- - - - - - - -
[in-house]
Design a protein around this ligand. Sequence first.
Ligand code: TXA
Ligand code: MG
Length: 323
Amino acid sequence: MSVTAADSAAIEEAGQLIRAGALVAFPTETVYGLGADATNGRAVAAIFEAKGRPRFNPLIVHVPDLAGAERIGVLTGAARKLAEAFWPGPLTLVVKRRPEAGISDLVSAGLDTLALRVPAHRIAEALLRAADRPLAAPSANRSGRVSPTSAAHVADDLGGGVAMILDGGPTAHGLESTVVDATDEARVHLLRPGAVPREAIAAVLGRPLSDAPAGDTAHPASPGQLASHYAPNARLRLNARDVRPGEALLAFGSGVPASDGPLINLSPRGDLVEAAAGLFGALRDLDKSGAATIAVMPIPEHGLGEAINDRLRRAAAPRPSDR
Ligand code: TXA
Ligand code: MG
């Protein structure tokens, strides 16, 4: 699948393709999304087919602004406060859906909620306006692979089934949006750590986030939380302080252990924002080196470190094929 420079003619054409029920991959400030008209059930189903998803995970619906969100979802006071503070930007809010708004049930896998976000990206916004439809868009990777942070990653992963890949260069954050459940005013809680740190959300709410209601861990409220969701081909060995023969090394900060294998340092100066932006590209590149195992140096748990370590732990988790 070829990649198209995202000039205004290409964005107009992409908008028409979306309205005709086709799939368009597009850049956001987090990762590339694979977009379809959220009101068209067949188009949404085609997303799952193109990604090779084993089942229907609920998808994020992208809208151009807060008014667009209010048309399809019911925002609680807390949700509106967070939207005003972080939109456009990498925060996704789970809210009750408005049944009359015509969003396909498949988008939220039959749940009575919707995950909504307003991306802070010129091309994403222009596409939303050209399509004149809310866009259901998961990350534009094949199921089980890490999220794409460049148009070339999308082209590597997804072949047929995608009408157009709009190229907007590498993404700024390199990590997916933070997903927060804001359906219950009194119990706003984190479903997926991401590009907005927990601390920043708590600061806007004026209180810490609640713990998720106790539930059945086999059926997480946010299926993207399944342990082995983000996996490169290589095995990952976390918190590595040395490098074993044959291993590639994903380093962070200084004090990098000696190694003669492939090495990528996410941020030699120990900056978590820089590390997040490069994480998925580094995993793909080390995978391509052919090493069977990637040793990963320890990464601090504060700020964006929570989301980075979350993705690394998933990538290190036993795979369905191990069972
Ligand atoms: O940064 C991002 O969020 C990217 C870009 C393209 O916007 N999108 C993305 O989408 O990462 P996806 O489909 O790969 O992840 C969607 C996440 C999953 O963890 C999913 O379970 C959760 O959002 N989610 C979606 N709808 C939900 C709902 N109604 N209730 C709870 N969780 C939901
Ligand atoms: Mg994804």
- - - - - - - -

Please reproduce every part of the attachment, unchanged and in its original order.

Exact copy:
[in-house]
Design a protein around this ligand. Sequence first.
Ligand code: TXA
Ligand code: MG
Length: 323
Amino acid sequence: MSVTAADSAAIEEAGQLIRAGALVAFPTETVYGLGADATNGRAVAAIFEAKGRPRFNPLIVHVPDLAGAERIGVLTGAARKLAEAFWPGPLTLVVKRRPEAGISDLVSAGLDTLALRVPAHRIAEALLRAADRPLAAPSANRSGRVSPTSAAHVADDLGGGVAMILDGGPTAHGLESTVVDATDEARVHLLRPGAVPREAIAAVLGRPLSDAPAGDTAHPASPGQLASHYAPNARLRLNARDVRPGEALLAFGSGVPASDGPLINLSPRGDLVEAAAGLFGALRDLDKSGAATIAVMPIPEHGLGEAINDRLRRAAAPRPSDR
Ligand code: TXA
Ligand code: MG
């Protein structure tokens, strides 16, 4: 699948393709999304087919602004406060859906909620306006692979089934949006750590986030939380302080252990924002080196470190094929 420079003619054409029920991959400030008209059930189903998803995970619906969100979802006071503070930007809010708004049930896998976000990206916004439809868009990777942070990653992963890949260069954050459940005013809680740190959300709410209601861990409220969701081909060995023969090394900060294998340092100066932006590209590149195992140096748990370590732990988790 070829990649198209995202000039205004290409964005107009992409908008028409979306309205005709086709799939368009597009850049956001987090990762590339694979977009379809959220009101068209067949188009949404085609997303799952193109990604090779084993089942229907609920998808994020992208809208151009807060008014667009209010048309399809019911925002609680807390949700509106967070939207005003972080939109456009990498925060996704789970809210009750408005049944009359015509969003396909498949988008939220039959749940009575919707995950909504307003991306802070010129091309994403222009596409939303050209399509004149809310866009259901998961990350534009094949199921089980890490999220794409460049148009070339999308082209590597997804072949047929995608009408157009709009190229907007590498993404700024390199990590997916933070997903927060804001359906219950009194119990706003984190479903997926991401590009907005927990601390920043708590600061806007004026209180810490609640713990998720106790539930059945086999059926997480946010299926993207399944342990082995983000996996490169290589095995990952976390918190590595040395490098074993044959291993590639994903380093962070200084004090990098000696190694003669492939090495990528996410941020030699120990900056978590820089590390997040490069994480998925580094995993793909080390995978391509052919090493069977990637040793990963320890990464601090504060700020964006929570989301980075979350993705690394998933990538290190036993795979369905191990069972
Ligand atoms: O940064 C991002 O969020 C990217 C870009 C393209 O916007 N999108 C993305 O989408 O990462 P996806 O489909 O790969 O992840 C969607 C996440 C999953 O963890 C999913 O379970 C959760 O959002 N989610 C979606 N709808 C939900 C709902 N109604 N209730 C709870 N969780 C939901
Ligand atoms: Mg994804």